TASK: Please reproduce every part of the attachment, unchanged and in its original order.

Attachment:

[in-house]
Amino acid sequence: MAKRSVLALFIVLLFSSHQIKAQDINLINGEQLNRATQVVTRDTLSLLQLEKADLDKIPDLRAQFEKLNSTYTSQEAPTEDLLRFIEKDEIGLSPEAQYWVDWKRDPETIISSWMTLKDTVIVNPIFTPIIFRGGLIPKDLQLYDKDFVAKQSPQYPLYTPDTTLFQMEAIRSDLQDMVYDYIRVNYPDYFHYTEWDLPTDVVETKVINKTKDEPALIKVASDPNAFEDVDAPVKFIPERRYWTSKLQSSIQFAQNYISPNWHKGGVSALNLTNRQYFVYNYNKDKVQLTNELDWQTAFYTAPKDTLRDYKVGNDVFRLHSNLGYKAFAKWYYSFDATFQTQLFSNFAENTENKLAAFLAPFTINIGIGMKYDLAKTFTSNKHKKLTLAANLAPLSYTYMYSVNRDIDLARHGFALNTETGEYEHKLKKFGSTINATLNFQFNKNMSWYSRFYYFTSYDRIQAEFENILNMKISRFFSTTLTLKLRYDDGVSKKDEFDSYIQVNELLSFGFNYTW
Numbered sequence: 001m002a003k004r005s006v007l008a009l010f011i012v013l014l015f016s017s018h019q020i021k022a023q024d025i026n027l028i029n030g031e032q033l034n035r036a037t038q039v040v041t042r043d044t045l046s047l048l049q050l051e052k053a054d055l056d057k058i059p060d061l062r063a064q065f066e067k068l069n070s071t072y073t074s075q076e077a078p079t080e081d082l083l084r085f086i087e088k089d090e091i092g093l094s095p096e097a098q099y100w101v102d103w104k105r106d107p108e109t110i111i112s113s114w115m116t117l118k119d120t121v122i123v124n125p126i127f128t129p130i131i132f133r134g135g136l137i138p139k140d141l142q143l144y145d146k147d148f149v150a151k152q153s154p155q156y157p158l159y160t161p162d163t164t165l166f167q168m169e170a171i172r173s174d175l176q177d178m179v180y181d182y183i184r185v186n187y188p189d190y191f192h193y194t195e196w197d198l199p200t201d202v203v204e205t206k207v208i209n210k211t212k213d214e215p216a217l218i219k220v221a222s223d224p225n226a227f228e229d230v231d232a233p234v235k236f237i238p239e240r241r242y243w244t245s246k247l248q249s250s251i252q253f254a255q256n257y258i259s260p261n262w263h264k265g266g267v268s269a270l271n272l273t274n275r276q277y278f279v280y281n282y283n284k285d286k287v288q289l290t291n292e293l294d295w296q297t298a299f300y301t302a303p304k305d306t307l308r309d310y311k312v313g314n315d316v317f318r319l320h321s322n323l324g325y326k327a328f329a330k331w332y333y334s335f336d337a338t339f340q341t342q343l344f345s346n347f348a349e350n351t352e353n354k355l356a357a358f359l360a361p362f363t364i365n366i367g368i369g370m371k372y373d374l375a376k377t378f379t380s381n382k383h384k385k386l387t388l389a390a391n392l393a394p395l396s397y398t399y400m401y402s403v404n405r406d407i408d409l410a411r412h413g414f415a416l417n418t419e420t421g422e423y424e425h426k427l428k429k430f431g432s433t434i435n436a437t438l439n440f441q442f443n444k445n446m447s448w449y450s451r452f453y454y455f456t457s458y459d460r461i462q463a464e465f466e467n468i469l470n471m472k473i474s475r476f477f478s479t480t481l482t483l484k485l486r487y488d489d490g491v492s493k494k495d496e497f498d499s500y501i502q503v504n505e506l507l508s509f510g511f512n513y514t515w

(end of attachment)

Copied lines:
[in-house]
Amino acid sequence: MAKRSVLALFIVLLFSSHQIKAQDINLINGEQLNRATQVVTRDTLSLLQLEKADLDKIPDLRAQFEKLNSTYTSQEAPTEDLLRFIEKDEIGLSPEAQYWVDWKRDPETIISSWMTLKDTVIVNPIFTPIIFRGGLIPKDLQLYDKDFVAKQSPQYPLYTPDTTLFQMEAIRSDLQDMVYDYIRVNYPDYFHYTEWDLPTDVVETKVINKTKDEPALIKVASDPNAFEDVDAPVKFIPERRYWTSKLQSSIQFAQNYISPNWHKGGVSALNLTNRQYFVYNYNKDKVQLTNELDWQTAFYTAPKDTLRDYKVGNDVFRLHSNLGYKAFAKWYYSFDATFQTQLFSNFAENTENKLAAFLAPFTINIGIGMKYDLAKTFTSNKHKKLTLAANLAPLSYTYMYSVNRDIDLARHGFALNTETGEYEHKLKKFGSTINATLNFQFNKNMSWYSRFYYFTSYDRIQAEFENILNMKISRFFSTTLTLKLRYDDGVSKKDEFDSYIQVNELLSFGFNYTW
Numbered sequence: 001m002a003k004r005s006v007l008a009l010f011i012v013l014l015f016s017s018h019q020i021k022a023q024d025i026n027l028i029n030g031e032q033l034n035r036a037t038q039v040v041t042r043d044t045l046s047l048l049q050l051e052k053a054d055l056d057k058i059p060d061l062r063a064q065f066e067k068l069n070s071t072y073t074s075q076e077a078p079t080e081d082l083l084r085f086i087e088k089d090e091i092g093l094s095p096e097a098q099y100w101v102d103w104k105r106d107p108e109t110i111i112s113s114w115m116t117l118k119d120t121v122i123v124n125p126i127f128t129p130i131i132f133r134g135g136l137i138p139k140d141l142q143l144y145d146k147d148f149v150a151k152q153s154p155q156y157p158l159y160t161p162d163t164t165l166f167q168m169e170a171i172r173s174d175l176q177d178m179v180y181d182y183i184r185v186n187y188p189d190y191f192h193y194t195e196w197d198l199p200t201d202v203v204e205t206k207v208i209n210k211t212k213d214e215p216a217l218i219k220v221a222s223d224p225n226a227f228e229d230v231d232a233p234v235k236f237i238p239e240r241r242y243w244t245s246k247l248q249s250s251i252q253f254a255q256n257y258i259s260p261n262w263h264k265g266g267v268s269a270l271n272l273t274n275r276q277y278f279v280y281n282y283n284k285d286k287v288q289l290t291n292e293l294d295w296q297t298a299f300y301t302a303p304k305d306t307l308r309d310y311k312v313g314n315d316v317f318r319l320h321s322n323l324g325y326k327a328f329a330k331w332y333y334s335f336d337a338t339f340q341t342q343l344f345s346n347f348a349e350n351t352e353n354k355l356a357a358f359l360a361p362f363t364i365n366i367g368i369g370m371k372y373d374l375a376k377t378f379t380s381n382k383h384k385k386l387t388l389a390a391n392l393a394p395l396s397y398t399y400m401y402s403v404n405r406d407i408d409l410a411r412h413g414f415a416l417n418t419e420t421g422e423y424e425h426k427l428k429k430f431g432s433t434i435n436a437t438l439n440f441q442f443n444k445n446m447s448w449y450s451r452f453y454y455f456t457s458y459d460r461i462q463a464e465f466e467n468i469l470n471m472k473i474s475r476f477f478s479t480t481l482t483l484k485l486r487y488d489d490g491v492s493k494k495d496e497f498d499s500y501i502q503v504n505e506l507l508s509f510g511f512n513y514t515w